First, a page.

Choose your stories carefully. I don’t mention in the kindergarten essay that my husband and I call our daughter “Rasputin,” because she’s preternaturally unstoppable, and occasionally “The Emotional Terrorist,” when she doesn’t want to cooperate with our request that she be “a ninja sister” at bedtime, tiptoeing into bed so as not to wake her sleeping brother.

The application essay is a special kind of art form, and I polished mine carefully. Though I did get stuck on whether to use the word “diaphanous” to describe the “unicorn veil” my kid fashions on her head daily.

Around the time I’d sent my masterpiece to my husband for his editorial review, I received, utterly unexpectedly, an email containing another application essay, from 25 years earlier.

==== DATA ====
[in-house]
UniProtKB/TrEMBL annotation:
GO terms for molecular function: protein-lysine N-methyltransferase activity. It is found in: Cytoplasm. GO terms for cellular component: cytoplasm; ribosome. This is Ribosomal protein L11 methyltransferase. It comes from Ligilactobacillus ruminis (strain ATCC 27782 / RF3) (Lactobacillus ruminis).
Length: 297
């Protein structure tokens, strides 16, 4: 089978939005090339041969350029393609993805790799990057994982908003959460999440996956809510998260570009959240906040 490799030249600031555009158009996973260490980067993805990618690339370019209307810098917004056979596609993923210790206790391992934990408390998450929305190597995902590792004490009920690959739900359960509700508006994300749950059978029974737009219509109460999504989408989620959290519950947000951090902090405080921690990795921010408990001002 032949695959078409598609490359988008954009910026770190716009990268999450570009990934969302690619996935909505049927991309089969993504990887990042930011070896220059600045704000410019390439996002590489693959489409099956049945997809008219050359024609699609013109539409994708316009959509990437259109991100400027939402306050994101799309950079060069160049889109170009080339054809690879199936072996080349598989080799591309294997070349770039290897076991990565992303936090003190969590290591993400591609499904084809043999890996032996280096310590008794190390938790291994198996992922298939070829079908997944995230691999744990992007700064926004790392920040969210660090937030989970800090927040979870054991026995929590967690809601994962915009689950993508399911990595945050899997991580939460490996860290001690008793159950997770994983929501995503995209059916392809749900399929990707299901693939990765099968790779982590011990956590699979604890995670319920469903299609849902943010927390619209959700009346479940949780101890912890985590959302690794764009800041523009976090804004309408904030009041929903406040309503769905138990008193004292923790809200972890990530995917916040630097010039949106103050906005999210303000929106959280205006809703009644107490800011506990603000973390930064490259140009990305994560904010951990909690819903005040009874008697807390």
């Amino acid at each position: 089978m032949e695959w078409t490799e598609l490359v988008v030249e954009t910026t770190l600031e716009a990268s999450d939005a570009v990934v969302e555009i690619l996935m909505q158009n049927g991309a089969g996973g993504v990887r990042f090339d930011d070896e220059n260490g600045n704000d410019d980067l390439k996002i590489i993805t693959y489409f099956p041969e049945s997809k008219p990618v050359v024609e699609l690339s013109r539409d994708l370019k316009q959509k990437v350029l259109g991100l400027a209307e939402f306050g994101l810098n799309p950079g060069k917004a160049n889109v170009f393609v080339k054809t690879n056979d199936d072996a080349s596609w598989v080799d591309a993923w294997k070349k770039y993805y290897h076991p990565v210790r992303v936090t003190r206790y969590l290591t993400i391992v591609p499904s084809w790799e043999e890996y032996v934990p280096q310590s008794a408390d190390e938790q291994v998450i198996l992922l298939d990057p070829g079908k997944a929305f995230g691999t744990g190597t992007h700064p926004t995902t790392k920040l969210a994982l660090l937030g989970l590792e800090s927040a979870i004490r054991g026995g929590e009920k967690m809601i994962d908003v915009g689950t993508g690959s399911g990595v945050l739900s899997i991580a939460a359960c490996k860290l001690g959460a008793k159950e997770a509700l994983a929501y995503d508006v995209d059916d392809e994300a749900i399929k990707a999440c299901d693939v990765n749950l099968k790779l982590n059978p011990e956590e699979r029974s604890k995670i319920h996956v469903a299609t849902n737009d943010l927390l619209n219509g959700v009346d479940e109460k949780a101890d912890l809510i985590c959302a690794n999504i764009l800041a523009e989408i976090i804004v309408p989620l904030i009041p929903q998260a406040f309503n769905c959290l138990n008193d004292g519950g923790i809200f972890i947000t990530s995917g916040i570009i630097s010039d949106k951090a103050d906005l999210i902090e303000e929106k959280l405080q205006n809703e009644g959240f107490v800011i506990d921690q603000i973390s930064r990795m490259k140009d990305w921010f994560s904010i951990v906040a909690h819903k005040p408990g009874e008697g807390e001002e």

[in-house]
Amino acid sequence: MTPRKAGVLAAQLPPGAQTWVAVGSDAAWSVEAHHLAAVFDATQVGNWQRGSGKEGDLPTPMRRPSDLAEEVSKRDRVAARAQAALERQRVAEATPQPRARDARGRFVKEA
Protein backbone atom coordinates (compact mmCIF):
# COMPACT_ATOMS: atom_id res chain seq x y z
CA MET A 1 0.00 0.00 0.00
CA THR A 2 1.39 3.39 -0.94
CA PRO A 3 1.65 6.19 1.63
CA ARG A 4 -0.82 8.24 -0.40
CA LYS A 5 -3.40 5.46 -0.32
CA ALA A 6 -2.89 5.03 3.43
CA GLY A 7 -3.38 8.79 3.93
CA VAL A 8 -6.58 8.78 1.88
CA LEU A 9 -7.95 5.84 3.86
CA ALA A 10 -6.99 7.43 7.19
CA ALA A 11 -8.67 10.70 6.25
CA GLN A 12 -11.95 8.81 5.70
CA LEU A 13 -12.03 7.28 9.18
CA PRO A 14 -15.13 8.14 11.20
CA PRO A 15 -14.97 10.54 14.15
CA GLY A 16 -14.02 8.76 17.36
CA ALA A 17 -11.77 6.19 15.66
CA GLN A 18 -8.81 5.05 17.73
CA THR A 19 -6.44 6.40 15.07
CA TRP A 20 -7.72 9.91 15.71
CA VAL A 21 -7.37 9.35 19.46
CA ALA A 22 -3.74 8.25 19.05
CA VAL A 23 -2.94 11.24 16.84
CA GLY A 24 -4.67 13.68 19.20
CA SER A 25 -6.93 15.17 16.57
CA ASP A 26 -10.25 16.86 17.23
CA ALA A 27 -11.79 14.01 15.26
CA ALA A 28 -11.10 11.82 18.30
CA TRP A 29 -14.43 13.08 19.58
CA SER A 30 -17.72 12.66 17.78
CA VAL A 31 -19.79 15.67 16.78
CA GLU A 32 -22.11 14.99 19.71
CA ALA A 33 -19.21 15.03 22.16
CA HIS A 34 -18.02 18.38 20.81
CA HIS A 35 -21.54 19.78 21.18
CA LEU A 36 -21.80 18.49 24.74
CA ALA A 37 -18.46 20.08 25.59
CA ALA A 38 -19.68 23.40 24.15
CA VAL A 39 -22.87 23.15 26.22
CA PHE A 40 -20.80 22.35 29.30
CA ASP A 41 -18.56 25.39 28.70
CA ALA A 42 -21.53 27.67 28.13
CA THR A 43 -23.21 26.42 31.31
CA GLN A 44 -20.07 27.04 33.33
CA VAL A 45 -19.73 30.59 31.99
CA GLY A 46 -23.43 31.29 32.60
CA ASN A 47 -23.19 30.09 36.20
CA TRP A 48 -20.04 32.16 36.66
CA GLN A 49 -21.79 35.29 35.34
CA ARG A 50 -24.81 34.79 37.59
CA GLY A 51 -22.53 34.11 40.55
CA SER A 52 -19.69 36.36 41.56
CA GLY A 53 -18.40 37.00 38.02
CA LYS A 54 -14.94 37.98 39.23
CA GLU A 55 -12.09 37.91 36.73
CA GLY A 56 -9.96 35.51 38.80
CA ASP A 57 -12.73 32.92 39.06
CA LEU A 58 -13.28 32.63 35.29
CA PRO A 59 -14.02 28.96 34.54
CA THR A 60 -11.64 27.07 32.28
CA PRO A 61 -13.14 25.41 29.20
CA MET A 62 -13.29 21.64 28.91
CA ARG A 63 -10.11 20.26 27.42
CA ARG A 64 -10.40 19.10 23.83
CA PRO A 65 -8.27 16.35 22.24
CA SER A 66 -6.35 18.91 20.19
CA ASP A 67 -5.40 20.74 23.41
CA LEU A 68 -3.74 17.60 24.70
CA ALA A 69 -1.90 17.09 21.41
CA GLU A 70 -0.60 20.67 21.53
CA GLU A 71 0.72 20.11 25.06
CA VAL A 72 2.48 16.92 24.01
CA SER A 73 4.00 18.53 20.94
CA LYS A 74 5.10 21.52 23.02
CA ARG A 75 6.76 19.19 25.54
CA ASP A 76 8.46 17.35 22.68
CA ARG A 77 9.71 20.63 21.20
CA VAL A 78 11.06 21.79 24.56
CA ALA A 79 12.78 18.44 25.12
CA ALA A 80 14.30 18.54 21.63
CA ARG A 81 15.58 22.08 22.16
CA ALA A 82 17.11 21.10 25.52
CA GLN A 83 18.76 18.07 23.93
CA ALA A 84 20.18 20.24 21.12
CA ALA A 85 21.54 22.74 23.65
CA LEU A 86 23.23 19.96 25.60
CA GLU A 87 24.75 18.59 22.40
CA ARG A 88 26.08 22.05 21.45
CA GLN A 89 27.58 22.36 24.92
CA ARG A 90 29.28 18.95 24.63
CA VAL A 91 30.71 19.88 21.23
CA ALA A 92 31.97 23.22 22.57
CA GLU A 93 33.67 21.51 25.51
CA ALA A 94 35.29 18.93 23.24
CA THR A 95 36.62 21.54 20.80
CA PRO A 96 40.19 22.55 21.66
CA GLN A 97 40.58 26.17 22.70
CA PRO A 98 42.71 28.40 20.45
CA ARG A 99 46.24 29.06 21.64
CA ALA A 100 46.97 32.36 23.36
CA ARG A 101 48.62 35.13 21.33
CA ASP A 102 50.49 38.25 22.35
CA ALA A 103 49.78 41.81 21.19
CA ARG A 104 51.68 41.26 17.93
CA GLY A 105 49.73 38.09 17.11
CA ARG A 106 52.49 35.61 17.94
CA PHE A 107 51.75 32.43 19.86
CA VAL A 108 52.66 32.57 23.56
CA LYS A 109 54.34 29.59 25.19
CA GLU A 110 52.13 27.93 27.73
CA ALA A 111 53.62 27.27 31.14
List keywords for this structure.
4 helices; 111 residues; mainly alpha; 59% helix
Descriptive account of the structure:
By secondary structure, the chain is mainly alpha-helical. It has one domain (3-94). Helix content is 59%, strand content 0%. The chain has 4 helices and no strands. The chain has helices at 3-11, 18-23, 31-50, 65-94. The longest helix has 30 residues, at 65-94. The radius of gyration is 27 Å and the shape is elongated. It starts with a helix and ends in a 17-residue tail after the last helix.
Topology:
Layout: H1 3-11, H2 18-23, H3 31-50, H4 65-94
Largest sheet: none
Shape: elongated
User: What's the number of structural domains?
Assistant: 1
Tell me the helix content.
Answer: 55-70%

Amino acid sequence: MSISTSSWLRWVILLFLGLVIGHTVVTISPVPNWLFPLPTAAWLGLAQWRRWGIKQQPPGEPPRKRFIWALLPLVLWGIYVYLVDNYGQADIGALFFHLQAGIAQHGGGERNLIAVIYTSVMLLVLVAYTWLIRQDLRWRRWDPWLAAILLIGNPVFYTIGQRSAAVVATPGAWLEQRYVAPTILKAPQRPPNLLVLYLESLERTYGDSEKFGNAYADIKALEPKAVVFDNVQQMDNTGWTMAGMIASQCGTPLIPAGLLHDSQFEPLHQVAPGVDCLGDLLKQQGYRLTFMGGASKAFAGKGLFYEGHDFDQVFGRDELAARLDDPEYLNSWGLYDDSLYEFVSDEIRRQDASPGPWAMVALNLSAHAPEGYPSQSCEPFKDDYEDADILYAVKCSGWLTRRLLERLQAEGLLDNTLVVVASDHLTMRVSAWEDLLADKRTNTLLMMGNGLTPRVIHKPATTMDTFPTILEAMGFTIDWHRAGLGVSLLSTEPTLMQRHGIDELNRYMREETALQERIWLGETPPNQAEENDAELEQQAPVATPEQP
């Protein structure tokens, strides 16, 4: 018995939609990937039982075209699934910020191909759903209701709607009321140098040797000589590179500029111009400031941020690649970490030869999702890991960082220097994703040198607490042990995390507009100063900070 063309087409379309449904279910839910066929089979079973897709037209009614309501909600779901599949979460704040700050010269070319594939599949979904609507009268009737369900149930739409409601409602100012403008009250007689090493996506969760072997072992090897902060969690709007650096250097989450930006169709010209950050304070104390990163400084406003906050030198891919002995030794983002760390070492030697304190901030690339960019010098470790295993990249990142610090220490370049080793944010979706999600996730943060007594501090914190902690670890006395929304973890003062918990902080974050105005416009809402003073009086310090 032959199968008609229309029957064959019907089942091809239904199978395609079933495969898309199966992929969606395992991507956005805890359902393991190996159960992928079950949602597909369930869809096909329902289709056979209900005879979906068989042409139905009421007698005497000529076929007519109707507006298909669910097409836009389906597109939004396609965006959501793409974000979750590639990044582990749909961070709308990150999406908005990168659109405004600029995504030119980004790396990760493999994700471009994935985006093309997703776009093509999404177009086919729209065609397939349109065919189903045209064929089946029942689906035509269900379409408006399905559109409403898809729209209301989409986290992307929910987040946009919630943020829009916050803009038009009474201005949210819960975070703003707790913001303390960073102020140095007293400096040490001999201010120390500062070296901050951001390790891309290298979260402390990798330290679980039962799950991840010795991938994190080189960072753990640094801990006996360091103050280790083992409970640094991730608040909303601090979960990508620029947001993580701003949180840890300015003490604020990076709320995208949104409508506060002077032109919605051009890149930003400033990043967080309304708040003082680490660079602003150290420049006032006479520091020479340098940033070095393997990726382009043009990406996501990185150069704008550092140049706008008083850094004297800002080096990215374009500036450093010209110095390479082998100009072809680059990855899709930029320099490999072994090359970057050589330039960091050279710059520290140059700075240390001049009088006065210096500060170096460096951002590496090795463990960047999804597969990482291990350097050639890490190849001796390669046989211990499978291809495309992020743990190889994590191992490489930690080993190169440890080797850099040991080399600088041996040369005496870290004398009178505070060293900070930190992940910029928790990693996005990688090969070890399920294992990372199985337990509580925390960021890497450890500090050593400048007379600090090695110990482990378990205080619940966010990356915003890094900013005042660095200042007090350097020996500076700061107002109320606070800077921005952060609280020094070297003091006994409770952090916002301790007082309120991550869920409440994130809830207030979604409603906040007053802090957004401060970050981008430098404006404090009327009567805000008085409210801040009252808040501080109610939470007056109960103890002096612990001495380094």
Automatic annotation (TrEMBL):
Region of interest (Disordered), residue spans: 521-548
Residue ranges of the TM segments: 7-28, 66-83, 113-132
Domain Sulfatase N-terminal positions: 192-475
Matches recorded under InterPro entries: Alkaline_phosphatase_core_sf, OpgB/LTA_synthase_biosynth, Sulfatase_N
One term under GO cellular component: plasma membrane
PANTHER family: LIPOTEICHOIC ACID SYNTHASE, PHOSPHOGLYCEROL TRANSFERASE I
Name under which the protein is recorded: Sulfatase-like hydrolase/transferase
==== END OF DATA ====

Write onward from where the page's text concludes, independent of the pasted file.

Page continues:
It was a letter of recommendation a college mentor had written for me, during the fall of my senior year, when I was applying for a graduate scholarship that would change my life. We had long been out of touch, but he had found it while cleaning out “the Aegean Stables” of his office, as he put it, in preparation for his retirement. He emailed it to me with the subject line “an old chestnut found …” and wrote, “I hope you enjoy it; it surely made me smile … and I stand by it in its entirety.”